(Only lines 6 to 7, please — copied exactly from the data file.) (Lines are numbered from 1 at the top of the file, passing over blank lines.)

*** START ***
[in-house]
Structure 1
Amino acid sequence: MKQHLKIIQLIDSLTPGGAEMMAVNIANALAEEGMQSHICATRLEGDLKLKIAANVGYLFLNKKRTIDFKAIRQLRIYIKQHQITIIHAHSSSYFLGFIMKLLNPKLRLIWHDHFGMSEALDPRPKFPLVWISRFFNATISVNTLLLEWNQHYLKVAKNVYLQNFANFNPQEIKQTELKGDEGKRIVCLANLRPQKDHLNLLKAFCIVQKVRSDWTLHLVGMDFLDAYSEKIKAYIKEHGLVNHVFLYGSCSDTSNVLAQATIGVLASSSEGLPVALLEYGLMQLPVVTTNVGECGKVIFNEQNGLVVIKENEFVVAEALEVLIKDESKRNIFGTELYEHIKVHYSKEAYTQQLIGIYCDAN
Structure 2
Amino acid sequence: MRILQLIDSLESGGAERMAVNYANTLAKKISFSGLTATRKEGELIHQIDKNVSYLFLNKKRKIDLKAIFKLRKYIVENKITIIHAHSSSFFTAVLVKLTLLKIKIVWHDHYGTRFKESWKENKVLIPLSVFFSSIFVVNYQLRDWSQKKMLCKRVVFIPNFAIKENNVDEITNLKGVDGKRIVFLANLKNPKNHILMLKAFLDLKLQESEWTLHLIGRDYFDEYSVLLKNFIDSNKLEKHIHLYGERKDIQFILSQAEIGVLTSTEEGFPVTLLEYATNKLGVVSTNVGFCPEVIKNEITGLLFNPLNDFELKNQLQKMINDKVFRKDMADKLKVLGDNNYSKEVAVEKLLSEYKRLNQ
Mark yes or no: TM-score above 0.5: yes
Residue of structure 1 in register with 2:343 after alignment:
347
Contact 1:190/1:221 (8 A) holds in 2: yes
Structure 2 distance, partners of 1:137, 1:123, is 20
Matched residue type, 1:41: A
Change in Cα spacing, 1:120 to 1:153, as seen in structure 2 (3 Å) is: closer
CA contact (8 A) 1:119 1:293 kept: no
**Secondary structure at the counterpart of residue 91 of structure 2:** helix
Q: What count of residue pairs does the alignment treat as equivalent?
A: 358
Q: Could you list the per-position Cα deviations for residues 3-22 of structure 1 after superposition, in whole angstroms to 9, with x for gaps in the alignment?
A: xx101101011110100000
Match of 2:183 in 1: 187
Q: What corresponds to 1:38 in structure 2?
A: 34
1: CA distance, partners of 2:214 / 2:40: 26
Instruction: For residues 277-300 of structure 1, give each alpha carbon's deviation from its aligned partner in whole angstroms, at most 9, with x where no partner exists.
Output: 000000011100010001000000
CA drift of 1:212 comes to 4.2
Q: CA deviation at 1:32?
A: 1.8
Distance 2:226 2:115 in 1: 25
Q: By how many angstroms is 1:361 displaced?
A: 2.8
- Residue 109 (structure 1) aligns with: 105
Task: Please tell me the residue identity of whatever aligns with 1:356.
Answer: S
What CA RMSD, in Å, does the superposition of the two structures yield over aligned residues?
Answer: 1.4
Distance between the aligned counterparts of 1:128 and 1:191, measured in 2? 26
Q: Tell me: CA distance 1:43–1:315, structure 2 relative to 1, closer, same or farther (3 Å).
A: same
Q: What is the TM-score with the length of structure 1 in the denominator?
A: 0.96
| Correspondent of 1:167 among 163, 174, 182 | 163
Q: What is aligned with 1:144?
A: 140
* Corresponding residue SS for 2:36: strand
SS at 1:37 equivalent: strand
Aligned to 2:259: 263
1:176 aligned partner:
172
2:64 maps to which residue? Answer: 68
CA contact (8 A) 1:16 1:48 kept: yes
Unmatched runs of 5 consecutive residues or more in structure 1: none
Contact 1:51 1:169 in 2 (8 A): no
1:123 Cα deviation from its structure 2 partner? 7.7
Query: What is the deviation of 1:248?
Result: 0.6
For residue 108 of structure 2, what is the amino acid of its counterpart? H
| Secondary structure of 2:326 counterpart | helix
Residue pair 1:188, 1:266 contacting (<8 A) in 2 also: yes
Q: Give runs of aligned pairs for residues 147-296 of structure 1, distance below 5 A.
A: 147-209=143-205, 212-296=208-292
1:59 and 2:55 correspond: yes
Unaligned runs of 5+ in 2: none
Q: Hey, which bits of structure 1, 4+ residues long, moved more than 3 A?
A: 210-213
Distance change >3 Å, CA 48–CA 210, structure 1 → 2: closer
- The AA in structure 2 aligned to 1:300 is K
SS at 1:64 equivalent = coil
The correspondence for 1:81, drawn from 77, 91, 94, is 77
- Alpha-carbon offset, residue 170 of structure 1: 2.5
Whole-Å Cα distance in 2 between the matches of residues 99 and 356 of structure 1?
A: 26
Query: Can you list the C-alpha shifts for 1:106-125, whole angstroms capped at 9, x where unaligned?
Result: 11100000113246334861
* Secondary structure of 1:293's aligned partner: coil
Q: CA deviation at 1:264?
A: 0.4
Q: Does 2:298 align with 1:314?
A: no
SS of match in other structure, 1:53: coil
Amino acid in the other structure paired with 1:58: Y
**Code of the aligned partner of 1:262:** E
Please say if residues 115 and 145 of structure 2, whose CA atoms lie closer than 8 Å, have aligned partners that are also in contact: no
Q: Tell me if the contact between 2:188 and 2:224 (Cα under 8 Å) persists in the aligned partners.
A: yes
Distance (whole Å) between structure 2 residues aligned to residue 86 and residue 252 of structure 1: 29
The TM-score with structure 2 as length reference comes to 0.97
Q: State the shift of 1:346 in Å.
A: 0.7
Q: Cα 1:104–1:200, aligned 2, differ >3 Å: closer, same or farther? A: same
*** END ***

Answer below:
Mark yes or no: TM-score above 0.5: yes
Residue of structure 1 in register with 2:343 after alignment: